It's not at all uncommon for boxers to get knocked out early in the opening round of a match. After all, it's when the fighters are feeling their nerves, trying to ease their way into the bout, and unsure of how to read their opponent's movements.
In those circumstances, it's understandable that, sometimes, a punch gets through that happens to knock someone out. And that's what happened to Des Sowden when he was knocked out by Russell Rees at the Ebbw Vale Leisure Centre in November 2000.
Most humiliating factor: Going down in hit is one thing, but it's something else entirely to go down so badly that the ref waves the bout off before even completing his 10 count.
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5) Chelsea 21-0 Jeunesse Hautcharage
The Blues hold the record for the biggest aggregate winning margin in European football competition - but that record was set when Jose Mourinho was still in primary school. Chelsea took on the Luxembourg side in the first round of the European Cup Winners' Cup in 1971-72.
Most humiliating factor: The first leg in front of the home crowd in Hautcharage (population: 1,000) was described by the Daily Mirror as "more of a massacre than a match", which is fine; less fine is the paper's correspondent mentioning the local side's "splendid brass band" as their high point.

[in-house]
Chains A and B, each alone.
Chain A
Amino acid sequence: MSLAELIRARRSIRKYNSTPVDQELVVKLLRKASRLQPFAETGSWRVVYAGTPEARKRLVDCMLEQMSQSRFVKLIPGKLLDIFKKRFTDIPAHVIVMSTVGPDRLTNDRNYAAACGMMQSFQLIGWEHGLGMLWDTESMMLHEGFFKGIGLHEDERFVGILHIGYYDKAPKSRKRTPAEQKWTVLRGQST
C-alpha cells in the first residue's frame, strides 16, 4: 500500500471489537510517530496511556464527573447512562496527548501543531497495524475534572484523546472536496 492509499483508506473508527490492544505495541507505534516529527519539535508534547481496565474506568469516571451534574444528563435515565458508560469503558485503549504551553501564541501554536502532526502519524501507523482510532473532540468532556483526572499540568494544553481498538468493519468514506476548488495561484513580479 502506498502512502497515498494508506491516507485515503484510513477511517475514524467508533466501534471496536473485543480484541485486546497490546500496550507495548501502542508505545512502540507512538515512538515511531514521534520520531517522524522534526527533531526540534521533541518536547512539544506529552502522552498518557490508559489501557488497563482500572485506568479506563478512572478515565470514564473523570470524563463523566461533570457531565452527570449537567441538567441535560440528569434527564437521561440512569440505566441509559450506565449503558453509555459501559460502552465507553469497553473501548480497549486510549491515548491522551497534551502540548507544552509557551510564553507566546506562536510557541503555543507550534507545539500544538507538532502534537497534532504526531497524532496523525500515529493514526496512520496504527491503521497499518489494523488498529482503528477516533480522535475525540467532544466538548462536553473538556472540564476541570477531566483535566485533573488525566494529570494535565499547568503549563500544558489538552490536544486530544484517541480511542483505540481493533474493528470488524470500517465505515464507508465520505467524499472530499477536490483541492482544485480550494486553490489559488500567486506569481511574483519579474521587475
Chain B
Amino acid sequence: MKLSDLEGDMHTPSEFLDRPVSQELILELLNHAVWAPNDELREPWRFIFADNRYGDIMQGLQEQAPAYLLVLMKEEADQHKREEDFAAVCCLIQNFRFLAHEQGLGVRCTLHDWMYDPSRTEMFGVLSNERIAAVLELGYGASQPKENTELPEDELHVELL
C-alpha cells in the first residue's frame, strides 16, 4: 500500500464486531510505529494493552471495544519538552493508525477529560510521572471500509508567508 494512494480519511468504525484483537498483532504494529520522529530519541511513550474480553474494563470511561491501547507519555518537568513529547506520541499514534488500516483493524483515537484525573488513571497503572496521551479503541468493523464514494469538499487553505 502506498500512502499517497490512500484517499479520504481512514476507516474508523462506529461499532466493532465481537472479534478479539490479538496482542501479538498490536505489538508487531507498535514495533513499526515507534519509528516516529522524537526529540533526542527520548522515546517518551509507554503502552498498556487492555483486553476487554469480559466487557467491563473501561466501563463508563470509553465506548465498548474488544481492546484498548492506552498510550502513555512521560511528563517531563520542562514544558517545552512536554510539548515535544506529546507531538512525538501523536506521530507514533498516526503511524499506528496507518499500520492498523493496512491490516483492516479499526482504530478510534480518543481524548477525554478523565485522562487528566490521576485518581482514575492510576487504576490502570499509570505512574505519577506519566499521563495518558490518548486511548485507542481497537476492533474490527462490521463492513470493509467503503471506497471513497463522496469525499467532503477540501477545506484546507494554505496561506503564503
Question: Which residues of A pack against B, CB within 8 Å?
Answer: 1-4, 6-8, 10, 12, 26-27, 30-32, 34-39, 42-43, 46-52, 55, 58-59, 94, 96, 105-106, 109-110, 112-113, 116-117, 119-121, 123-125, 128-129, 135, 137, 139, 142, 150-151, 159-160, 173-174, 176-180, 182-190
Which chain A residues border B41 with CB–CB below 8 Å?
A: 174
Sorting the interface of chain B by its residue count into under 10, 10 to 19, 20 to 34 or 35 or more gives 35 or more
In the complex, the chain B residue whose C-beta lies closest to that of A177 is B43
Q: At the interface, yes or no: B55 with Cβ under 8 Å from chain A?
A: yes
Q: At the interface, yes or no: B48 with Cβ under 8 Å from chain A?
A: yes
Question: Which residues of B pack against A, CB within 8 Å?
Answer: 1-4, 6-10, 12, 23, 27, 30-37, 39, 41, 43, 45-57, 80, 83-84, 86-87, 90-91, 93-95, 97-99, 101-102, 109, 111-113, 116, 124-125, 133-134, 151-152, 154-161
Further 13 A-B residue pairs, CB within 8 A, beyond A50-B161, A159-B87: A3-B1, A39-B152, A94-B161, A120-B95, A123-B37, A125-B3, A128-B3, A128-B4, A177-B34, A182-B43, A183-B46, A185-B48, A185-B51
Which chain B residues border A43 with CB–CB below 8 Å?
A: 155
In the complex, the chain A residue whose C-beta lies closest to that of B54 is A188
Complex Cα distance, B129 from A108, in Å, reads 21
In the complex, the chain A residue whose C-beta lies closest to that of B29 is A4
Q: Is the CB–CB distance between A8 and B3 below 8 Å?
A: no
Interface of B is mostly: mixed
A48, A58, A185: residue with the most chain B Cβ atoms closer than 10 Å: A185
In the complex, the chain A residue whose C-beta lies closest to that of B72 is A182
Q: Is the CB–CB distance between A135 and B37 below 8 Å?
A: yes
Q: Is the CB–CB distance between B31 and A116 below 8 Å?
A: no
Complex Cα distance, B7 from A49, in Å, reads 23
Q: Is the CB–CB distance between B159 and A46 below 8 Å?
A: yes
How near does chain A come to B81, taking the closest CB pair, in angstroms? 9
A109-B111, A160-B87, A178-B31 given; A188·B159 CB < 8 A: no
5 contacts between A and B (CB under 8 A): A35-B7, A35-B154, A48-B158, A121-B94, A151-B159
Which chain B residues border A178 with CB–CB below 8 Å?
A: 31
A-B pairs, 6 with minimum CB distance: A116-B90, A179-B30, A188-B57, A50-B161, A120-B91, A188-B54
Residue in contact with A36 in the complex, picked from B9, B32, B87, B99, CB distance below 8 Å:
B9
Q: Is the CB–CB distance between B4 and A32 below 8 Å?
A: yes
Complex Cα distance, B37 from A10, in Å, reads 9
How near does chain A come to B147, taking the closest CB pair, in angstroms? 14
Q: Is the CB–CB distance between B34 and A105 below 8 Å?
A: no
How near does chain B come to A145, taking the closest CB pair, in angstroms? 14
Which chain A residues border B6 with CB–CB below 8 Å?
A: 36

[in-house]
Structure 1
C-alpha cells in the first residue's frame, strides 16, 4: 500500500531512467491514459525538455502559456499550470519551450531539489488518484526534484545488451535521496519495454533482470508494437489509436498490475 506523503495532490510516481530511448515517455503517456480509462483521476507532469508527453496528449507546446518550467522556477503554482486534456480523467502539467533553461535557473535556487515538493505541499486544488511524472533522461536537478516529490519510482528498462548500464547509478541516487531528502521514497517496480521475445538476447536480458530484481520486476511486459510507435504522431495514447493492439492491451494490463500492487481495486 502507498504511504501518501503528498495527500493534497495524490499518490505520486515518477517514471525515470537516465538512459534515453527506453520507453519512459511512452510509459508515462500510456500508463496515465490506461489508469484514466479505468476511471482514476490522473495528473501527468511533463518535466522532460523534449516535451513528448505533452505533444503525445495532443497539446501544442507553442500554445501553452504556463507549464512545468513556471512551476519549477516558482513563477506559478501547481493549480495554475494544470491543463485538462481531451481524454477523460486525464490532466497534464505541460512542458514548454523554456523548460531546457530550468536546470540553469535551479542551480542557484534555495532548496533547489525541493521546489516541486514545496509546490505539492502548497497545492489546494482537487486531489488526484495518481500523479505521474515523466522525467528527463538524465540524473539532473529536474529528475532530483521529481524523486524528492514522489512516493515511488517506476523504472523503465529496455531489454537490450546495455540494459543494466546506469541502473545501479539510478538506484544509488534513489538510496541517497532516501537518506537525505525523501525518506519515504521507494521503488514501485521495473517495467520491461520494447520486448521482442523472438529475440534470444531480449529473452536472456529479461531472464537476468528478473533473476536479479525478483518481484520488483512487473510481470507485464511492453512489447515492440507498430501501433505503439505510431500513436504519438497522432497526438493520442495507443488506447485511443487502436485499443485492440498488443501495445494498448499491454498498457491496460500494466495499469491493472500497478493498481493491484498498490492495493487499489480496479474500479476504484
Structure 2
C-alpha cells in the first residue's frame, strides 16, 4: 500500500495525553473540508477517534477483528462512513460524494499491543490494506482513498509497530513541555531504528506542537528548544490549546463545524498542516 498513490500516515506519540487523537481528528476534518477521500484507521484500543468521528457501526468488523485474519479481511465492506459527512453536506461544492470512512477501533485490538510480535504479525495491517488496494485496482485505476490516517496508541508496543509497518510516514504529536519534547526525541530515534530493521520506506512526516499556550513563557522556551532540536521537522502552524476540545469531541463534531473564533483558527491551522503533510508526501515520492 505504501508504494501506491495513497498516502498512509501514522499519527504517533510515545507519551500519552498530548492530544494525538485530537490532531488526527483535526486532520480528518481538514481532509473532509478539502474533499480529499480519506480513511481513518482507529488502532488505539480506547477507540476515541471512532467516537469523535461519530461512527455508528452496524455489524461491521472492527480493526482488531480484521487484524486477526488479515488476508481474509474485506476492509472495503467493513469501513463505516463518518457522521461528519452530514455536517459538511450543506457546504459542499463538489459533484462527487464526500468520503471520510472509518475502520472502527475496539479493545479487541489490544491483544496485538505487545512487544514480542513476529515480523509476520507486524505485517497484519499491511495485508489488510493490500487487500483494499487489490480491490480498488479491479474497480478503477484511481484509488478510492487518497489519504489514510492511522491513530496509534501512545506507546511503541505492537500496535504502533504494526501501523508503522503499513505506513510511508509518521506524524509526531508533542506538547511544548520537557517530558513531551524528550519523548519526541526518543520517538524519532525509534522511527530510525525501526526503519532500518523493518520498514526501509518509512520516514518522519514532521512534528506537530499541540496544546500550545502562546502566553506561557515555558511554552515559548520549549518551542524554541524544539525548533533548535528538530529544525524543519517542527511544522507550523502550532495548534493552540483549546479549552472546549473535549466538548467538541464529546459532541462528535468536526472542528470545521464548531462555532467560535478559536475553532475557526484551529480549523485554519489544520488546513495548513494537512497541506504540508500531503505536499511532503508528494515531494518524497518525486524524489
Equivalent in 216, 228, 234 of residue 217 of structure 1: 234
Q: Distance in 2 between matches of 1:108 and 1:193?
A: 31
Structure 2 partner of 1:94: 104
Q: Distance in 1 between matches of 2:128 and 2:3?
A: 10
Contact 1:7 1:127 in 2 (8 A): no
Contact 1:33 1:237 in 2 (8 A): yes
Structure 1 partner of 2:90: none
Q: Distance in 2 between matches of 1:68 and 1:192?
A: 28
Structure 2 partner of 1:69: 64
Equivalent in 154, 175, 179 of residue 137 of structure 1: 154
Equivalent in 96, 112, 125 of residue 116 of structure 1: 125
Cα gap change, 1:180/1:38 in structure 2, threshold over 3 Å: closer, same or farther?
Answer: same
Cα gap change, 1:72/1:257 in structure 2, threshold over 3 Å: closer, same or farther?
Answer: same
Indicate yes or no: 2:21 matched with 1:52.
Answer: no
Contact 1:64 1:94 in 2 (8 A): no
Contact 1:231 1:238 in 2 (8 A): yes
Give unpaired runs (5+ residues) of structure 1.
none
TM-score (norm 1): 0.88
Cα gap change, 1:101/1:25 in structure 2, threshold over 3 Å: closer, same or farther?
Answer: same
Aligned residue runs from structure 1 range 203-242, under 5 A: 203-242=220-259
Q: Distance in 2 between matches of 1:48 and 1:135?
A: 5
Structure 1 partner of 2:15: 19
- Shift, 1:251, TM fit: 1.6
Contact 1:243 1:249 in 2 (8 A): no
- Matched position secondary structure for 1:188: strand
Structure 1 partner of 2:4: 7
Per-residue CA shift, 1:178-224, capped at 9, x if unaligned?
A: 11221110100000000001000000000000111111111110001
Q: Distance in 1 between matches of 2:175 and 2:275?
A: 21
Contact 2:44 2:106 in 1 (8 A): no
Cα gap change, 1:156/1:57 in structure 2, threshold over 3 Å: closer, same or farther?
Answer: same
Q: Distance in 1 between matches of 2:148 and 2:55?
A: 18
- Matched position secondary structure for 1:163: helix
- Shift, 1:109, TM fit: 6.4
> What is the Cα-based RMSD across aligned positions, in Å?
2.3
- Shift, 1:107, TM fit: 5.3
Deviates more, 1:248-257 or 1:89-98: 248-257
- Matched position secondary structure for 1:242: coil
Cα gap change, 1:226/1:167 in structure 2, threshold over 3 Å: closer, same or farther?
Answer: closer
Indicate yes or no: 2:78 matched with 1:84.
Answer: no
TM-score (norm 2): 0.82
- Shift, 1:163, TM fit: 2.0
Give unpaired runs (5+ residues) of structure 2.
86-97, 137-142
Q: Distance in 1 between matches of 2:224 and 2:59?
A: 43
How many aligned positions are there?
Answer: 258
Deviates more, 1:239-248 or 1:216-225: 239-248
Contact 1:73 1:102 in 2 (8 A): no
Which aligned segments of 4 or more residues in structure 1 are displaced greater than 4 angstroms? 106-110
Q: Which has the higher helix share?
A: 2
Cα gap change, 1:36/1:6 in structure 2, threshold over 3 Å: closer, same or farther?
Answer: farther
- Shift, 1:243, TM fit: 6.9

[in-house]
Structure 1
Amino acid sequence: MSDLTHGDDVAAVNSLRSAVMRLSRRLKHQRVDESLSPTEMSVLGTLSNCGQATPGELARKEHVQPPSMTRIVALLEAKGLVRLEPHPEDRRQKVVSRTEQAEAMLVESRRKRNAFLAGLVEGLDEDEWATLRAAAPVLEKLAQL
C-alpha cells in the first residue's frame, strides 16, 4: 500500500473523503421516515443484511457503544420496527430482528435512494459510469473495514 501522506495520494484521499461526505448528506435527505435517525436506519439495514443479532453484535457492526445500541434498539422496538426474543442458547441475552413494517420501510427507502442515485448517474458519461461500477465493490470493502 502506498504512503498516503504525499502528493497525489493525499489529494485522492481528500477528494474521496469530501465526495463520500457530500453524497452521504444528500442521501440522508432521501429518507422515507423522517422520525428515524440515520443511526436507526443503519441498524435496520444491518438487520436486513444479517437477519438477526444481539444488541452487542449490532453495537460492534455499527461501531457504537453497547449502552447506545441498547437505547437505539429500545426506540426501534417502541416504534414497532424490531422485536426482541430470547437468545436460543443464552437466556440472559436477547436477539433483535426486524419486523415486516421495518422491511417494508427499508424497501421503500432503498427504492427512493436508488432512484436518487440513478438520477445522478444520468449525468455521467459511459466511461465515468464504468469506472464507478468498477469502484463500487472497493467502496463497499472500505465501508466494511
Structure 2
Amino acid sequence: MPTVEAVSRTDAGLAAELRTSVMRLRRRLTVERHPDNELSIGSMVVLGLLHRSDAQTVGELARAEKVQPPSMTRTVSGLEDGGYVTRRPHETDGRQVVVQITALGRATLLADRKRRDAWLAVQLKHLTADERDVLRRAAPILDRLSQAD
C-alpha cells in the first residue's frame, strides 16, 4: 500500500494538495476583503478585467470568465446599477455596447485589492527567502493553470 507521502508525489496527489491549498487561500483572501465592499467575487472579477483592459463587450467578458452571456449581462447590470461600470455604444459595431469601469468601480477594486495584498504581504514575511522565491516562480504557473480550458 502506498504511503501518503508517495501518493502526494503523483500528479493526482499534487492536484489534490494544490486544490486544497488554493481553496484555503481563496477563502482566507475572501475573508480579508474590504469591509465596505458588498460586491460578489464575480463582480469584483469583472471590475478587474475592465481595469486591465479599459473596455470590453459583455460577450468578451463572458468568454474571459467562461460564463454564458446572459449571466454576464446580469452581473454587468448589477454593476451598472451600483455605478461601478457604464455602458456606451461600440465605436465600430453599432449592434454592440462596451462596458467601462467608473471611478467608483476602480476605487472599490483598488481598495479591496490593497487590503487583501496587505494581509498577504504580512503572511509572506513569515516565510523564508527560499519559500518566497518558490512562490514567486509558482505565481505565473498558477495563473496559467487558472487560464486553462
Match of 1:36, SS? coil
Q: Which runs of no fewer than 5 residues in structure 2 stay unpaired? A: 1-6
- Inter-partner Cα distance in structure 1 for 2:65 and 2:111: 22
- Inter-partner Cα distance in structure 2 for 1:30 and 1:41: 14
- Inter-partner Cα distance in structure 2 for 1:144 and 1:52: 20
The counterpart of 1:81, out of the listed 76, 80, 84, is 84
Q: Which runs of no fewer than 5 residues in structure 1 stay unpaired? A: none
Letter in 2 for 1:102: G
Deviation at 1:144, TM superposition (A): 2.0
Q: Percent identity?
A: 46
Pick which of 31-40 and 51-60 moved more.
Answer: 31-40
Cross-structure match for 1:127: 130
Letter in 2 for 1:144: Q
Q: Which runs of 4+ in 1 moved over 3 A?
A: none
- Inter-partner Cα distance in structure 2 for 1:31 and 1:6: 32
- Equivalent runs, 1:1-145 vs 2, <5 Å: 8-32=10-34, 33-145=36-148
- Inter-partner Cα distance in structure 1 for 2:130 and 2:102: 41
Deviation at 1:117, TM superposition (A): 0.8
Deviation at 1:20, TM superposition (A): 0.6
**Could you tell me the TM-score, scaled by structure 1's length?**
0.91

(More here - http://www.espn.co.uk/football/sport/story/113526.html)
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6) Ned Jarret, NASCAR, 1965
'Gentleman' Ned showed off his mean streak with ruthless victories on the American racing circuit. He prevailed by 22 laps over runner-up G.C. Spencer on the Piedmont Interstate Fairgrounds’ half-mile dirt track in Spartanburg. Later that season, Jarrett romped to victory in the Southern 500 at Darlington Raceway, outrunning second-place Buck Baker by 14 laps, a distance of more than 19 miles.
Most humiliating factor: That's the margin of victory record in both laps and actual distance and both of them were smashed in one season by Jarret.
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The shortest decisive game ever played in master play chess (at the highest level) that was decided because of the position on the board (i.e. not because of a forfeit or protest) is Z. Dordevic – M. Kovacevic from Bela Crkva in 1984. It lasted only three moves (1.d4 Nf6 2.Bg5 c6 3.e3?? Qa5+ winning the bishop), and Kovacevic resigned.
Most humiliating factor: There aren't too many ways to lose in three moves in chess - many quick wins revolve around the 'Fool's Mate' and its variants. For a top player to not see such a famous blitz attacking coming (even in varied forms) can't be too easy to take.
8) Australia 31-0 American Samoa, 2001
A world record defeat for the Samoans with a world record haul of 13 goals coming from Archie Thompson alone. It's easy to see why, back then, Oceania struggled to warrant even one automatic World Cup berth.
Most humiliating factor: The scoreline had to be confirmed a few days later by FIFA, as due to a scoreboard error fans in the stadium were led to believe it was 32-0 and few could honestly keep count for themselves. That's how big the margin was (or just how tipsy the local spectators were).